The conference itself was exceptional. I heard that compared with previous years, this year’s program included more workshops on environmental justice issues, which I valued highly. Although I recognize that some people would have liked even more workshops surrounding this topic, the ones that were there opened my eyes to this often-neglected aspect of the environmental movement. To carry this great work further, I believe that we must build an inclusive progressive movement with environmental & social justice at its center. 

At Powershift, I was greatly encouraged by all the people who were taking active steps to stop Climate Change on their own or with their affiliated groups. I met with the rest of the divestment organizers and discussed strategies, and heard from grassroots organizers from the field who are already paying the bulk of the costs of our energy extraction industries. The latter group touched me deeply: to this day, Kandi Mossett’s sharing about the injustices brought about by the development of a fracking ‘boomtown’ still unsettles me and motivates me to do more for her – our – cause within my capacity.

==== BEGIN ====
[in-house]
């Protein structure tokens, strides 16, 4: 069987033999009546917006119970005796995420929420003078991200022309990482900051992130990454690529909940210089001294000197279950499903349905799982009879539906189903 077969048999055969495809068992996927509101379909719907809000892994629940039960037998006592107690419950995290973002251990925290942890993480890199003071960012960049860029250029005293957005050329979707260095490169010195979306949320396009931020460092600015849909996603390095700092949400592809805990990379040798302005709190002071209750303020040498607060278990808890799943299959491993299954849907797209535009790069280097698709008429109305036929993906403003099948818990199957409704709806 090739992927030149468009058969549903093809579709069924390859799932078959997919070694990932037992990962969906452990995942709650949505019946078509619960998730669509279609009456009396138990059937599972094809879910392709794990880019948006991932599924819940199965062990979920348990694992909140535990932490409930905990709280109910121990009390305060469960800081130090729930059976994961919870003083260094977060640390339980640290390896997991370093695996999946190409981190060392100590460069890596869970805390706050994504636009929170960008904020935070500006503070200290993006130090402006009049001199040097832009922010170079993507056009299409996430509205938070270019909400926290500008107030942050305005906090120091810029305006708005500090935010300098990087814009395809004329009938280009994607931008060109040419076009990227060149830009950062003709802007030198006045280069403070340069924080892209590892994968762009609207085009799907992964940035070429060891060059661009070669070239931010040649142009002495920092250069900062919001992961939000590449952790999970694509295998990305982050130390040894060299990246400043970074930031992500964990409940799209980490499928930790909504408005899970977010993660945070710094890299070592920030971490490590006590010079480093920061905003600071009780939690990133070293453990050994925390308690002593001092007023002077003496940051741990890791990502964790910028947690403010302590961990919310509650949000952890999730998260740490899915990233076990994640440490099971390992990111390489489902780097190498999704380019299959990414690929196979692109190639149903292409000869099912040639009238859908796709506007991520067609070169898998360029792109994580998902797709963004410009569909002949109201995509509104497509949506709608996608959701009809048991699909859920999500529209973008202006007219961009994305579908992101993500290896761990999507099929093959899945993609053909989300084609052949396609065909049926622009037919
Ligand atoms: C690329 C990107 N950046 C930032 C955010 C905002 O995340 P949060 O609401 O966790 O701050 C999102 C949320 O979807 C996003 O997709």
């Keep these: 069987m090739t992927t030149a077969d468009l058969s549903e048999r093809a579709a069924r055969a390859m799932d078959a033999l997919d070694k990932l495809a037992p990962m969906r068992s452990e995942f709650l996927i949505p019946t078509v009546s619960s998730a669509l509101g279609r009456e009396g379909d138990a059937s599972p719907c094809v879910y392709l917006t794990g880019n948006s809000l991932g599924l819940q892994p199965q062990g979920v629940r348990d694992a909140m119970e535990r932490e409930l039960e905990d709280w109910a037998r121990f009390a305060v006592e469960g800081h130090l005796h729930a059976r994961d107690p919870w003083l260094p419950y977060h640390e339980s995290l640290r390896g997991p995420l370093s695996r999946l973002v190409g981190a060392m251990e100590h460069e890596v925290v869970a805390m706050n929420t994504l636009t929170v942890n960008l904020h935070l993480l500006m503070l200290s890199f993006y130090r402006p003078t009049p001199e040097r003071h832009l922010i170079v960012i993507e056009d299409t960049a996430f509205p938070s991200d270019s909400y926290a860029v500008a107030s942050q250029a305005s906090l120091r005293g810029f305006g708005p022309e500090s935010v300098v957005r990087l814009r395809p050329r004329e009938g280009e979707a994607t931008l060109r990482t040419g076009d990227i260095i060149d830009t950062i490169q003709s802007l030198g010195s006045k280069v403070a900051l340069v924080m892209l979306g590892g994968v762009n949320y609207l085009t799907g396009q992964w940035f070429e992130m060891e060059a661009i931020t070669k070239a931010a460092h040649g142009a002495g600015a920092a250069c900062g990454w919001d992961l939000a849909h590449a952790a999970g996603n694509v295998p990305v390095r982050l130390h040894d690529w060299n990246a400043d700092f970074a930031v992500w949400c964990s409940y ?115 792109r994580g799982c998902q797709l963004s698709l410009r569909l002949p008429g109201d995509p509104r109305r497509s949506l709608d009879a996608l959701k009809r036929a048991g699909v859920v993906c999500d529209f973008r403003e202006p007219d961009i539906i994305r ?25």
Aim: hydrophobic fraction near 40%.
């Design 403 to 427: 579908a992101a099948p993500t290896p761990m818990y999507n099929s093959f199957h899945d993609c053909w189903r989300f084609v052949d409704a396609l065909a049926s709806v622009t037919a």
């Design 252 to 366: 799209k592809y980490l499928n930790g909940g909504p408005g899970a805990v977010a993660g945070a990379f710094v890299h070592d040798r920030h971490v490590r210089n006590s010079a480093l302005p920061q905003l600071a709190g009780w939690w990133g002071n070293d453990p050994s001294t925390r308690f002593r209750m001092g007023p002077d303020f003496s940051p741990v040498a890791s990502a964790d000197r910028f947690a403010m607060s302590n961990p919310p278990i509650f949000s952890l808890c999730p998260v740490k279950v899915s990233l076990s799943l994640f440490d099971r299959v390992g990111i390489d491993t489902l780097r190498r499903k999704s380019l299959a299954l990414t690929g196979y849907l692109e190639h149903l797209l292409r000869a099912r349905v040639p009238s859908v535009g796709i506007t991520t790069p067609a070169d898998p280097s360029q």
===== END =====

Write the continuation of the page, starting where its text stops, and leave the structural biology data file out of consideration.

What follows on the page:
I realized that this is a movement which should concern anyone who has a race, a gender, a class, an age and drinks water and breathes air. How could any of us live our lives in spite of a deep understanding of all these forces that have been shaping our experiences, and thus our thoughts and perspectives, and will continue to do so in our lives relentlessly? The first step towards true independence, personhood and individualization is a self-recognition of ‘who I am’. It is then that we will acknowledge that nothing is inevitable, that we can enjoy the liberty to choose our allies and our values.